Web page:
I don't know of any specific work on ti ta of the top of my head, but over the years their has been extensive work on herbal remedies in general - Comfy for example, has been shown to significantly speed the healing of broken bones, which would explain its common name - Knit bone. Comfy however is hardly ever used in European herbal medicine any more as it is very easy to overdose on it by accident leading to a decidedly non placebo death from liver failure.
    Last edited: Dec 11, 2013
  16. Tom bayley

    Tom bayley Valued Member

    Very true, my teacher tells of how his teacher would take him around Hong Kong showing him the locations where the different plants grew, explaining how to identify the plants, and how to process them for use in medicines.
  17. John Titchen

    John Titchen Still Learning Supporter

    Thanks Ben. What I'm looking for is hard data though.


    Is there any reputable evidence or studies that show that the active ingredients themselves can be absorbed effectively through the skin? Or that they work properly in conjunction and remain active rather than just forming a sharp smelling paste?
    We feel and smell the effect from the immediate chemical reaction on the skin surface, and gain increased surface circulation from rubbing it in, but does the medicine actually get in? With ibuprofen gels tests have been done to show whether it penetrates effectively - have the same tests been done?

    How do we know this isn't just a heat rub?

    I was hoping for something a little more solid. I'm very much in favour of herbal and natural remedies where the active ingredients have been proven to be absorbable and effective in the manner in which they are applied, but without that evidence I can't help but feel that a healthy diet packed with nutrients and a simple rub on the sore area would be more effective.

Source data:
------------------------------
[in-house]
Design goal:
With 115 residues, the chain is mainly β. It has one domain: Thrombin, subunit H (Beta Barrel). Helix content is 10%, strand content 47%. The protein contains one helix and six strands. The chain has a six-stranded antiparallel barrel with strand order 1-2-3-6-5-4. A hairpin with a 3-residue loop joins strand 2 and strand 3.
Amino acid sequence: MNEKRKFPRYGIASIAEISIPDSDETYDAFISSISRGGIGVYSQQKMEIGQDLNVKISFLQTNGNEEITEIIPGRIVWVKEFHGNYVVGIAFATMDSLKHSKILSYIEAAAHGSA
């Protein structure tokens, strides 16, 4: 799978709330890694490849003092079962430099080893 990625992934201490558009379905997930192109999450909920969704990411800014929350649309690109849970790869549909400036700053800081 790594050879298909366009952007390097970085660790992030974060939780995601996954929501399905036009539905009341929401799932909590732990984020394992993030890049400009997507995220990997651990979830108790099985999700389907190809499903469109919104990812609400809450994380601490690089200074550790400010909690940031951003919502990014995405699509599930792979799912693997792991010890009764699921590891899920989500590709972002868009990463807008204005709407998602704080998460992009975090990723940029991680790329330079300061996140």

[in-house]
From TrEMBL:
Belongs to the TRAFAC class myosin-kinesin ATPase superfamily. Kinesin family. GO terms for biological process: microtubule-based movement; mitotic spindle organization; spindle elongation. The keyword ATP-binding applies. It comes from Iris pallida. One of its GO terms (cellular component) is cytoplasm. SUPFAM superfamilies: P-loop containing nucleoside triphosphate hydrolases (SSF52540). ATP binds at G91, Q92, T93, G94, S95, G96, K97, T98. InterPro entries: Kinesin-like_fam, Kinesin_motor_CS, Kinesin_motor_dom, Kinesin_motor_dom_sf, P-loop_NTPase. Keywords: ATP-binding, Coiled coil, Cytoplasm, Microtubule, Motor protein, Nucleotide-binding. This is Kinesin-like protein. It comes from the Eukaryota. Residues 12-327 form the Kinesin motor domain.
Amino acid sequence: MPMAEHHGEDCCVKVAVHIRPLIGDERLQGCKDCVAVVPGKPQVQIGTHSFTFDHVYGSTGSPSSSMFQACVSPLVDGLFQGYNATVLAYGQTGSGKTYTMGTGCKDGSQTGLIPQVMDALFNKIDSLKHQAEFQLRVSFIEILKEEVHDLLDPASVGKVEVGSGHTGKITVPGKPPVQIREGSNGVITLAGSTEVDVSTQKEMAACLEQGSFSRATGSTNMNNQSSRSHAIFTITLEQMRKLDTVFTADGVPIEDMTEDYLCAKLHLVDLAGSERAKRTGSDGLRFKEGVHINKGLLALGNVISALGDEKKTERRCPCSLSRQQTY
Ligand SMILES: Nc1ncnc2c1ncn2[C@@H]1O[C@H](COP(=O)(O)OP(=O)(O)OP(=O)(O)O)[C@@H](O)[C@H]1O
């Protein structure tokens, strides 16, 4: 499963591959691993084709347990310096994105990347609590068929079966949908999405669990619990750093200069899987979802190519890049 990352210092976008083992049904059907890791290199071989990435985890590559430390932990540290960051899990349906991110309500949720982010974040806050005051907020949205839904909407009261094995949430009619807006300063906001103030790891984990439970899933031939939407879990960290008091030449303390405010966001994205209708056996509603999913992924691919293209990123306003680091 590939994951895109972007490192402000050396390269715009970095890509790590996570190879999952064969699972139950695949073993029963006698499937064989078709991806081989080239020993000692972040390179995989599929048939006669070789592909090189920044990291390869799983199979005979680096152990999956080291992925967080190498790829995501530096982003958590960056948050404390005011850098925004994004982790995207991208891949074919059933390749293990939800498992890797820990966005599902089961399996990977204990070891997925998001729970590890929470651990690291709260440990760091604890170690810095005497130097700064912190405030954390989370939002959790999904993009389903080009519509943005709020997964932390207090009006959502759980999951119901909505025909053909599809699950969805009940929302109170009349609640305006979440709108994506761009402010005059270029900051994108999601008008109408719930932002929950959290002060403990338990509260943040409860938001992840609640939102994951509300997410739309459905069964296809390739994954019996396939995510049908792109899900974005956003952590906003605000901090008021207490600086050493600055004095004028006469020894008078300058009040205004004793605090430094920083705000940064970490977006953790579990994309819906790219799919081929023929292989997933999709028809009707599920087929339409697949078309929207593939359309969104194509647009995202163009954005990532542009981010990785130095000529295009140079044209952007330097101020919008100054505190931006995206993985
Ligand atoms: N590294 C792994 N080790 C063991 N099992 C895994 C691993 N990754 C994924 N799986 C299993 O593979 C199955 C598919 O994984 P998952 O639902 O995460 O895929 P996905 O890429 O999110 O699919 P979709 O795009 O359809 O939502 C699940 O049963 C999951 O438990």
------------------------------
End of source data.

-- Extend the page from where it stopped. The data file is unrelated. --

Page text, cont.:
18. Wooden Hare

    Wooden Hare Banned Banned

    Good question. For some of the individual compounds/herbs, there is definitely strong evidence of absorption, but I don't know of any clinical studies examining entire jow mixes...I think such a study would be hard to control given the wide variety of jows. Jow recipes are typically homemade, family recipes and some have dozens of different ingredients. Whether someone's jow recipe was "effective" or not was typically spread by word of mouth, so that if you made a good jow back in the day, people came to know you had the real stuff and came to you for healing. Wong Fei Hung's father, Wong Kei Ying, became famous for the healing effectiveness of his dit da jow, and opened one of the most well-renowned healing clinics in Chinese history, the Po Chi Lam. These same dit da jow recipes are still handed down in Hung ga lineages to this day, like cooking recipes, and you can pick up the ingredients in most Asian food markets.

    So if you narrow it down to effects of individual herbs, like plantain, there is a lot more hard data, and pretty recent studies on effectiveness (when not mixed in a jar with alcohol of course).

    Some of the herbs/compounds (like plantago) are also astringent in nature and have immediate, noticeable effects on the surface of the skin. This kind of thing isn't limited to China...Native Americans once ground and boiled the bark of Hamamelis virginiana (witch hazel) shrubs because it reduced the swelling of bruises, tumors, and hemorrhoids...even post-partum genital swelling and bleeding from new mothers.
    Last edited: Dec 11, 2013
  19. Fujian Animal

    Fujian Animal Banned Banned

    i didn't even read this whole thread, sorry for the quick relay, but the answer i have is short, since NO punch is ever good for the hands don't know if anyone already said that or not but if so it's true